Vietnam vows dong and interest-rate stability for growth

HD Bank

Vietnam’s central bank pledged to take “necessary measures” to stabilize the dong and signaled it would refrain from raising interest rates as the Southeast Asian nation struggles to revive economic growth.

The State Bank of Vietnam is also considering raising foreign-ownership limits at weak domestic banks, Deputy Governor Dang Thanh Binh said yesterday in an e-mailed response to questions from Bloomberg News. He cited the examples of Indonesia and Thailand, which raised investor caps to take “advantage of outside funding sources.”

Vietnam is grappling with the slowest economic growth since at least 1999, after the highest level of bad debt among Southeast Asia’s biggest economies curbed lending and hurt businesses. The central bank cut a policy rate in July to support growth, after it devalued the currency the previous month to improve the balance of payments.

“For the remaining months of the year, the State Bank of Vietnam will continue to closely watch market developments and take necessary measures to stabilize the currency market,” Binh said. The authority will “manage policy rates in a manner that maintains the current stability” as Vietnam’s inflation will be “controlled” at around 7 percent this year, he said.

Dong devaluation

The government is seeking to boost an economy that grew 5.25 percent last year, the slowest pace in 13 years, according to the International Monetary Fund. The central bank devalued the dong by 1 percent in June, the first time since December 2011. It won’t weaken the dong by more than 3 percent this year as it seeks to prevent the hoarding of dollars, it said Oct. 8.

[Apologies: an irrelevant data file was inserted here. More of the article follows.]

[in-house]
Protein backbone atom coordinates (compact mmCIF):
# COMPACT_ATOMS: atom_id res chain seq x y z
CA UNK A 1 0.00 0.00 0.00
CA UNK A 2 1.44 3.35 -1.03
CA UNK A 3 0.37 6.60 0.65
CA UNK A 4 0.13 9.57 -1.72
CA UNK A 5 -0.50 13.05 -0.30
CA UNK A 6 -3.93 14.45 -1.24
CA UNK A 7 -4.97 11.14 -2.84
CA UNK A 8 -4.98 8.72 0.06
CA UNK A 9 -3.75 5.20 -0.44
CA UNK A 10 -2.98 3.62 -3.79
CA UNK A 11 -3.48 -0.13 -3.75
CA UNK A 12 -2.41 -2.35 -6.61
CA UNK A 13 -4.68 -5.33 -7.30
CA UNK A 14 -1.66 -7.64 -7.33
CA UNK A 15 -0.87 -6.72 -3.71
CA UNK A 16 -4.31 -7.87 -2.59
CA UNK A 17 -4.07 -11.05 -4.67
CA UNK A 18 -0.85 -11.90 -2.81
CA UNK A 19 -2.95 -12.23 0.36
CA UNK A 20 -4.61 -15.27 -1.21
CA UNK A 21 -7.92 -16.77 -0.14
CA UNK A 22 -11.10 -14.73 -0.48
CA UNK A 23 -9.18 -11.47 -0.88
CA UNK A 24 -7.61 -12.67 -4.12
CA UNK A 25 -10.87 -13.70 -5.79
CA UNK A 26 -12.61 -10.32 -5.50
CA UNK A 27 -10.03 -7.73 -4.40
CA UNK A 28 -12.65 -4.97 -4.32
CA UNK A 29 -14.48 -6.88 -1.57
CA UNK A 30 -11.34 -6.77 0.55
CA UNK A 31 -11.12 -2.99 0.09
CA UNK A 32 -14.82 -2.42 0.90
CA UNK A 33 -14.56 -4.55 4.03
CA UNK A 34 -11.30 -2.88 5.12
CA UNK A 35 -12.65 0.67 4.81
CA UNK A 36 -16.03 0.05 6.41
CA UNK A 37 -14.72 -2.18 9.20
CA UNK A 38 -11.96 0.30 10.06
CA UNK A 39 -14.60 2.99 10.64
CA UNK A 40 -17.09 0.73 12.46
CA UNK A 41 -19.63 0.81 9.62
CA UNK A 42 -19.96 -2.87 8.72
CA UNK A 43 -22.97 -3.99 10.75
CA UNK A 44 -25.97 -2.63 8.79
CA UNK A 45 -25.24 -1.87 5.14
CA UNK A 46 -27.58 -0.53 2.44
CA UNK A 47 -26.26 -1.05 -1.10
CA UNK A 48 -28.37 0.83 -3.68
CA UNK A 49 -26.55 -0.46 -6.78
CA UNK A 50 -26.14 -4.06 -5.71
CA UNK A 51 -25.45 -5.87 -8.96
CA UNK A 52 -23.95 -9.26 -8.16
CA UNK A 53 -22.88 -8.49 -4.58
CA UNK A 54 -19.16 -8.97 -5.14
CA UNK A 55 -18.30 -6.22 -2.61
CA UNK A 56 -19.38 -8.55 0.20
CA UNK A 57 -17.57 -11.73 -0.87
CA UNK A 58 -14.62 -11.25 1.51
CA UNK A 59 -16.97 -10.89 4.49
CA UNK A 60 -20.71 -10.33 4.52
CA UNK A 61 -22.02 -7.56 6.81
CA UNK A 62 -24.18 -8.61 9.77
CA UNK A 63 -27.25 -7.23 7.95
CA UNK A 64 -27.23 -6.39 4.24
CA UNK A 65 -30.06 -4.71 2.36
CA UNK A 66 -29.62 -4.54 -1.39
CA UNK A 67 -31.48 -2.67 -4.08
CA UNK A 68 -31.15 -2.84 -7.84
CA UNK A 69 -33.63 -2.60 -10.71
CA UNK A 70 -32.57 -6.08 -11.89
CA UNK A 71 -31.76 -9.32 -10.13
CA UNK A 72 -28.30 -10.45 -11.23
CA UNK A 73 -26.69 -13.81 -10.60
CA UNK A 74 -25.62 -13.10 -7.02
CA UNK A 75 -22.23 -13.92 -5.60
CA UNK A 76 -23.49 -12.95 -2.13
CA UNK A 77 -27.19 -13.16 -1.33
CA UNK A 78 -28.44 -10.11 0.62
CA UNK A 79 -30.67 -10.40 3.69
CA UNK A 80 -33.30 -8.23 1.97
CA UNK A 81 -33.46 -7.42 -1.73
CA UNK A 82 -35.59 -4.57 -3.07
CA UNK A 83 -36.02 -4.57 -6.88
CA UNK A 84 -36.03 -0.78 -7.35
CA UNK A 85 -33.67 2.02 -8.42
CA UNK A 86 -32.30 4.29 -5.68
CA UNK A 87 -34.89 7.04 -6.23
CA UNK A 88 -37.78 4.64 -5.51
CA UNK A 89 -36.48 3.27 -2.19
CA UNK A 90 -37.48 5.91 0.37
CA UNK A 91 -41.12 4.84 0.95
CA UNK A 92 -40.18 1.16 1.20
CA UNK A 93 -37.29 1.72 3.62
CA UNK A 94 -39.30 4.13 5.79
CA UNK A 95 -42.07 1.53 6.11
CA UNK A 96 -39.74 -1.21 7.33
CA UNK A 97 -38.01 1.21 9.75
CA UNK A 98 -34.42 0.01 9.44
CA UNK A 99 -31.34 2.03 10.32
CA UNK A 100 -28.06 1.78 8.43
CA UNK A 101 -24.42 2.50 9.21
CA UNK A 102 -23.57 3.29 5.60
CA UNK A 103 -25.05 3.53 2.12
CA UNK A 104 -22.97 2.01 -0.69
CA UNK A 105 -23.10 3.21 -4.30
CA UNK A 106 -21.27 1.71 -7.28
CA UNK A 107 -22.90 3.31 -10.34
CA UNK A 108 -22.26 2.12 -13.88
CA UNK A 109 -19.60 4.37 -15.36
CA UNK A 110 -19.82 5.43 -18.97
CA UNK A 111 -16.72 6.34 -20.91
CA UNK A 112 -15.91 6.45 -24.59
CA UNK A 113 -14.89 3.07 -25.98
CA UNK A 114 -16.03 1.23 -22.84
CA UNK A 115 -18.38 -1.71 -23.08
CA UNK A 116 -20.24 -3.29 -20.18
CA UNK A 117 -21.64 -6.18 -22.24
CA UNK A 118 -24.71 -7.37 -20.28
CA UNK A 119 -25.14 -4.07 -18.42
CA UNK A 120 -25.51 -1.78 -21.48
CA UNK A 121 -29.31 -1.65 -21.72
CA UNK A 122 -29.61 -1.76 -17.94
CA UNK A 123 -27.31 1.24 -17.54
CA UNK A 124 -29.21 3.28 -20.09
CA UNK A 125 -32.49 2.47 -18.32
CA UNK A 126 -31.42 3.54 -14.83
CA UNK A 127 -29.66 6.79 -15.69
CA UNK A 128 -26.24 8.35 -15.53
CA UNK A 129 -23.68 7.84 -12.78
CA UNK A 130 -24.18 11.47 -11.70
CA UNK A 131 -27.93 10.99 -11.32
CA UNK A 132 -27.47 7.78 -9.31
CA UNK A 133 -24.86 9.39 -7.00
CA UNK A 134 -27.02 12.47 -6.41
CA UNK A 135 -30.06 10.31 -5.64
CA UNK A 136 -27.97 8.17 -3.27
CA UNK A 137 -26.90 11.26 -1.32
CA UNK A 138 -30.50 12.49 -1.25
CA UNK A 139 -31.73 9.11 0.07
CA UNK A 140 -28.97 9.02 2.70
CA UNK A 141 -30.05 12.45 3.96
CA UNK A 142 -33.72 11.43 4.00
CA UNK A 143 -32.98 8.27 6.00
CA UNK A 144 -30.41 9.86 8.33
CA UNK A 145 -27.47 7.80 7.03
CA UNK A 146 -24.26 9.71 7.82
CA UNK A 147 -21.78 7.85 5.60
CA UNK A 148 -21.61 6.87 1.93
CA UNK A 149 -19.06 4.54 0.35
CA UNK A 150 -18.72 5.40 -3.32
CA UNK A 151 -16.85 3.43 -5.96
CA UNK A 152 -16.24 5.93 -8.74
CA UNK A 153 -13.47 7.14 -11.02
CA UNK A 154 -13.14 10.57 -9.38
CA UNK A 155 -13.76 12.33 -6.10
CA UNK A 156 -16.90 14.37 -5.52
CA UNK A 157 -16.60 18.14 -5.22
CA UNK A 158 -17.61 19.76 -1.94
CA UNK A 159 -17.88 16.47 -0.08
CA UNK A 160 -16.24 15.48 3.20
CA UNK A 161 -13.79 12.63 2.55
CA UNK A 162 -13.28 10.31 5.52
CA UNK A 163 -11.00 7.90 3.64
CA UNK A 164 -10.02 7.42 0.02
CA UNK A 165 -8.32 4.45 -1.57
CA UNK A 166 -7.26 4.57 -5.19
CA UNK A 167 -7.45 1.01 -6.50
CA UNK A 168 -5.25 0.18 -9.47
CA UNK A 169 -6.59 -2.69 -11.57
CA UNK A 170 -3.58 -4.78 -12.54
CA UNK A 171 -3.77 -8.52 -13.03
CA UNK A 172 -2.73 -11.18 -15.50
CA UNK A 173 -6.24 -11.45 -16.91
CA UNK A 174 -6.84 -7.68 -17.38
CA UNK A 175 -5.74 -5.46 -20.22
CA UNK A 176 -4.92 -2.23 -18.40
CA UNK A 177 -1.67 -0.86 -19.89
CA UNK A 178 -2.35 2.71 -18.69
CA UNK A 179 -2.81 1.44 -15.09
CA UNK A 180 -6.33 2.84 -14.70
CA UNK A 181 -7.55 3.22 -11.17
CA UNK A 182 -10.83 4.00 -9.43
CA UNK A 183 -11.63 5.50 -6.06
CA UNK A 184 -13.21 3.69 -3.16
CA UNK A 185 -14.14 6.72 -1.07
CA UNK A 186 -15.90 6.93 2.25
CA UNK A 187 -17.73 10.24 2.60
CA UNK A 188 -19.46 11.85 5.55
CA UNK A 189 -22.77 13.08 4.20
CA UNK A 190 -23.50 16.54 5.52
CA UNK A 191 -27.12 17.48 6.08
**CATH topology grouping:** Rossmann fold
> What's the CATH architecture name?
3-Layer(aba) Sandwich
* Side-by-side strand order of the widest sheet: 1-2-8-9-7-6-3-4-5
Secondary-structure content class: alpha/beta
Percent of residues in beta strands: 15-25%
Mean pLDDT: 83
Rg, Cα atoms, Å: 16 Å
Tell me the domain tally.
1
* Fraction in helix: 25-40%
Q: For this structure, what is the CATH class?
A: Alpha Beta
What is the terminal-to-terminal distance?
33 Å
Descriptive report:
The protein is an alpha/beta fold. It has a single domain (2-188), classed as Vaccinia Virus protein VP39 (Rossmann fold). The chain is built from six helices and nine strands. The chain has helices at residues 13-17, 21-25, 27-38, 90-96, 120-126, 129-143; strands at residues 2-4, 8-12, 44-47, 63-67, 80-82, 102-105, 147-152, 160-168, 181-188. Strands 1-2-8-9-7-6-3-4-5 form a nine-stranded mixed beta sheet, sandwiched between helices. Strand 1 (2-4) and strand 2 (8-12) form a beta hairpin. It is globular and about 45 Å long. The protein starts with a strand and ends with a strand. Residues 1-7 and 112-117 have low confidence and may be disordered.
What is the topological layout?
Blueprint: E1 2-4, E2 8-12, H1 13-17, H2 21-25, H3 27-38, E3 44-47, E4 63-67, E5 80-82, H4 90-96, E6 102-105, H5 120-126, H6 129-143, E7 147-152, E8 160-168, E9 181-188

The dong traded at 21,091 per dollar yesterday from 21,100 last week, according to bank data compiled by Bloomberg. The currency has weakened 1.2 percent against the dollar this year, trailing declines of currencies elsewhere in Southeast Asia.

Next year, the central bank “will continue to manage the dong’s exchange rate in line with the supply and demand of foreign currencies in the market and ensure meeting the goals of inflation control, macro-economic stability, reducing the trade deficit and increasing foreign currency reserves,” Binh said.

The government plans to weaken the dong as much as 2 percent by the end of 2013 with the timing “dependent on the market,” Prime Minister Nguyen Tan Dung said in an interview in New York Sept. 27.

Policy rates

The State Bank cut the repurchase rate in July to 5.5 percent from 6 percent, after reducing the refinancing rate by one percentage point in May. The refinancing rate cut was the eighth since the start of 2012.

The monetary regulator plans to cut policy rates by 2 percentage points annually, it said in May in an e-mailed response to Bloomberg.

The central bank also “encourages foreign banks to invest, buy and acquire stakes and merge with weak local banks,” said Binh.

Premier Dung said in the Sept. 27 interview the government plans to let foreign companies own as much as 49 percent of local banks in the “near future.”